Earlier this year author Kristin Weidenbach put the finishing touches on a long term project, detailing the history Australia's most iconic gas company.
The history of Santos has been carefully, comprehensively trapped in a single tome, entitled Blue Flames, Black Gold.
This incredibly detailed work of history captures many of the most important moments in the history of a company that helped to shape the energy landscape of several Australian cities.
Weidenbach spent well over two years working on this, and interviewed some 40 people in the research phase of the project, including all of the surviving managing directors, chairmen, geologists, journalists, financial analysts, and even drillers.
The author said she tried to get all the different staff from the company, not just those at the top, including interviews with drillers and some of the old construction workers from Moomba who were involved with building the original gas plant back in the 60s.
The key differences between the modern gas industry and exploration during the 60s that Weidenback noticed in her research involved the level of existing knowledge about how to start large gas projects.
"Pioneering is really the word that comes up all the time," she said.
"It was something that no-one had really done before, to build a pipeline and bring gas to the capital cities of Adelaide, Melbourne and Brisbane, they all got gas in the same year, and the people involved had to learn as they went.
"They had to take all these huge bits of kit, infrastructure into the middle of the desert, things that had never been done before, and I suppose that these days it seems more routine.
"Back then they had some Americans and Canadians who knew about it, but none of the Australians had done this before.
"It seemed very seat-of-your-pants, very tough going."
With more than 40 key identities interviewed for this in-depth study, one of the most notable figures to appear between the pages is Alan Bond, the man who once bought 37.5 per cent of Santos only to be knocked down by SA government legislative changes against anyone owning than 15 per cent of the company.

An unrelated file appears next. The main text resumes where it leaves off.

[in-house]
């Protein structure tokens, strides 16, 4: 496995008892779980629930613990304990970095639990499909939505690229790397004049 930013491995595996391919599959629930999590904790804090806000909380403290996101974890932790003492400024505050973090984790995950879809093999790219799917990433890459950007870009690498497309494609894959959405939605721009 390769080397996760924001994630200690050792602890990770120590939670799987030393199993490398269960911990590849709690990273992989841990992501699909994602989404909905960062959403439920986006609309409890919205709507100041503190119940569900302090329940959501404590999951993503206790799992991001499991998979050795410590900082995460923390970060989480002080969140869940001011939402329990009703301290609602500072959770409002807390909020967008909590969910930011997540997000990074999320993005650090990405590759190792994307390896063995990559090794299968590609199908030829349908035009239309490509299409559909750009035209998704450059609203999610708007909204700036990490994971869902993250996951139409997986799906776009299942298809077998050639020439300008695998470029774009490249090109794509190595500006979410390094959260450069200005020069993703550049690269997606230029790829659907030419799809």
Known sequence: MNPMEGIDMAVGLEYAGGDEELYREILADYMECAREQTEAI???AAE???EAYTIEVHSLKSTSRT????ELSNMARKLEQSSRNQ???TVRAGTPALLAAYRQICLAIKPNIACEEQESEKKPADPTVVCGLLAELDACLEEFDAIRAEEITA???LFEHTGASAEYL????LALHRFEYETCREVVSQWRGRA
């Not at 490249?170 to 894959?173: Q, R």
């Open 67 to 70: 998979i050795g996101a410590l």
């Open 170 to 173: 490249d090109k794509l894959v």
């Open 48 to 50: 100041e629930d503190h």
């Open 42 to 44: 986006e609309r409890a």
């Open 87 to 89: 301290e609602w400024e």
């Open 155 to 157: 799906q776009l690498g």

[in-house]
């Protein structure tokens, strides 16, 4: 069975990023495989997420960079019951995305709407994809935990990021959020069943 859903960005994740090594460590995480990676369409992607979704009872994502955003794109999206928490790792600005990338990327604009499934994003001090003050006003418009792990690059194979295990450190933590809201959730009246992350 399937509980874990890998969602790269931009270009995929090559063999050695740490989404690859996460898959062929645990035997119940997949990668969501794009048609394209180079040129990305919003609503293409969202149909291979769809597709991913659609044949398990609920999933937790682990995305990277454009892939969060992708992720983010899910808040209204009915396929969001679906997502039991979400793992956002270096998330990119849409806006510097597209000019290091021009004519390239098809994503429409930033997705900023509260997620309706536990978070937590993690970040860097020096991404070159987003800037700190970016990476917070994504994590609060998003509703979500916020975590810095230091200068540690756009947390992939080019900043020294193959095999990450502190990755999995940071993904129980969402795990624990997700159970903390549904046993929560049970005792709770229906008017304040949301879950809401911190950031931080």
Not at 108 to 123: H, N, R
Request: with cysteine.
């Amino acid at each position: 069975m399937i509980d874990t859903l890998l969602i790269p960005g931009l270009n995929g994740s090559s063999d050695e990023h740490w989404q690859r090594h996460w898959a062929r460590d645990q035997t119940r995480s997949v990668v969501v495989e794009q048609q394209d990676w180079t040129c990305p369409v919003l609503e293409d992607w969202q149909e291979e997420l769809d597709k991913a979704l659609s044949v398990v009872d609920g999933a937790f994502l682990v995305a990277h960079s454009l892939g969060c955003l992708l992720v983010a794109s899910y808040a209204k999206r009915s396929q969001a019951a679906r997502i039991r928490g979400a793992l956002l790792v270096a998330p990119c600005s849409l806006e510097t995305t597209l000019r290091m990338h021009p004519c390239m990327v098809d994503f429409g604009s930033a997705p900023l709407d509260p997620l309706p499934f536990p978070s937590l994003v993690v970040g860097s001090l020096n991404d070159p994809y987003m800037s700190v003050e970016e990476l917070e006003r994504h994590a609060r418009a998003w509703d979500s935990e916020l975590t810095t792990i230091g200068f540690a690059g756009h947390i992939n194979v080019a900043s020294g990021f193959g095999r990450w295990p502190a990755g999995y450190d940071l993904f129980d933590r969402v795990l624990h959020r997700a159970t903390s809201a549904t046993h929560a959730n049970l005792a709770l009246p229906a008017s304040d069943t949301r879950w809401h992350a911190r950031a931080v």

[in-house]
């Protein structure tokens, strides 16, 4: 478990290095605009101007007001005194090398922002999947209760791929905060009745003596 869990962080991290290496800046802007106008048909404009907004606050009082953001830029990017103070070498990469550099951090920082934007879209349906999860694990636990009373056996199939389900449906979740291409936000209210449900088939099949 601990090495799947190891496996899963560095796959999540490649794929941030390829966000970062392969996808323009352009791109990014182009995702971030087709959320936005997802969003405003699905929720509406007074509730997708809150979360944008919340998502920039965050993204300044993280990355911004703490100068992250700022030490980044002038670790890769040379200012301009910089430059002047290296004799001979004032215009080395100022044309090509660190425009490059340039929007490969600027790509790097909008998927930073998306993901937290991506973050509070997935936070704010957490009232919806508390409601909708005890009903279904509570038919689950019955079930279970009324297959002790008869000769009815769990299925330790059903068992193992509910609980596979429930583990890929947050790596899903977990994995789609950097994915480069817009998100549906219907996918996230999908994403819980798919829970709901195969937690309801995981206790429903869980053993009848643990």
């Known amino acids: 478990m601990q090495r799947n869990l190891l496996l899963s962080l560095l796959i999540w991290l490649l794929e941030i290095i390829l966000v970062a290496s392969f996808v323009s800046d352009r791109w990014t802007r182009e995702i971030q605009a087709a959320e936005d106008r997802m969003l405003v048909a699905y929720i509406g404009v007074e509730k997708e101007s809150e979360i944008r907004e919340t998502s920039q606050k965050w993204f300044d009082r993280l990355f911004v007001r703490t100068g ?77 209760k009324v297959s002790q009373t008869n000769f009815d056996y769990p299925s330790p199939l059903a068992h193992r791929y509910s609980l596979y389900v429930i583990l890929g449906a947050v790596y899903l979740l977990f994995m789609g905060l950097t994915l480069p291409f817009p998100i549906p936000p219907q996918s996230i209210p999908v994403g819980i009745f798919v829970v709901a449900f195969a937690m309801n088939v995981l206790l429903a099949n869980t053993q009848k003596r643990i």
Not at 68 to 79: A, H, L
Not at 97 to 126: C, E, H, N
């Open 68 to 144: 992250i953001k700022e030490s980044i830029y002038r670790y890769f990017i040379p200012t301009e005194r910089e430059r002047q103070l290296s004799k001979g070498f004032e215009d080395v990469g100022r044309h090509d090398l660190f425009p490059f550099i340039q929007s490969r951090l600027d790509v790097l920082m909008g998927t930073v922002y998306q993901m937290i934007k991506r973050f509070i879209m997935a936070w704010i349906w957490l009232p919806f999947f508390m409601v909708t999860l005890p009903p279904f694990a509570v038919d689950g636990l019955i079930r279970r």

"Alan Bond was the most memorable, in terms of celebrity factor I suppose," Weidenbach said.
"He was really accommodating, and as much as he could be, his involvement was back in 1978, so that's a long time ago and I guess he hasn't really thought much about Santos for a long time.
"But he reflected on the personalities in the company he was involved with, and what he was like back then and how he had changed over the years¬ it was good to get his insight and comments to add to all the research I had done."
Weidenbach observed that she understood Santos and South Australia may have held some bad blood for Bond, and that his help in adding to research on the book added a little flavour that might not have been found elsewhere.
"He had done nothing wrong at all, he bought the shareholding in good faith and the government retrospectively legislated against it," she said.
"The press and the shareholders association all said the move was scandalous, and Bond said he would never invest in South Australia again. 'I don't even like to fly over it' he had been known to say."
But what is involved in producing such a detailed history, in 430 pages, of our most significant resources company?
Weidenback said the hardest part of the journey was doing the research.
"I started out by sitting down and reading 57 annual reports¬ You have to get all that background information before you can go ahead and start doing the interviews," she said.
"The difficulty was the amount of material, and the geographic spread of the company, as well as the nomenclature to cover, because the names of the different permits changed over the years."
However, her favourite part of the book comes in the last chapter, with a little story about a Texan named John who had bought four hundred stock units in bearer shares.
"He finally got in touch with Santos in 2013, and I happened to be sitting next to the share registrar at Santos, briefly while I was doing some research there, and she said to me 'you might like to hear about this guy who has got in touch with us'," Weidenbach said.
"Once they chased up all the two-for one share issues and dividends he was entitled to, he was paid out about $90,000.
"When I talked to him about getting the money he said it was lucky he'd taken his heart medication that night. It's a nice little story at the end."
Anyone who has had anything to do with the gas industry, whether greasing pipe or trading shares, will certainly find Blue Flames, Black Gold an interesting read.
In particular the book has a lot in store for anyone aspiring to be a part of the production industry, such as a geologist, to get an idea of what's in store for a career in gas exploration.
Weidenbach said she thinks anyone in the industry will enjoy it, as it covers the development of the whole oil and gas industry in Australia, but also that she wrote it with the hope that readers interested in Australian history would enjoy it.
"I tried to make it accessible for them: It is pretty technical in places, and there's lots of industry jargon in there, but I tried to make it a story that general readers would like as well¬ there is so much social history and political history, particularly for South Australia.
"I had some nice comments about the book: The company secretary, who had worked for Santos in the 60s and retired in the 2000s, he wrote a lovely letter when he received his copy of the book, saying that even after all that time with the company there were still things he learned from the book about Santos.
"It was nice to think that even people with such a lot of knowledge still had something to learn from the book."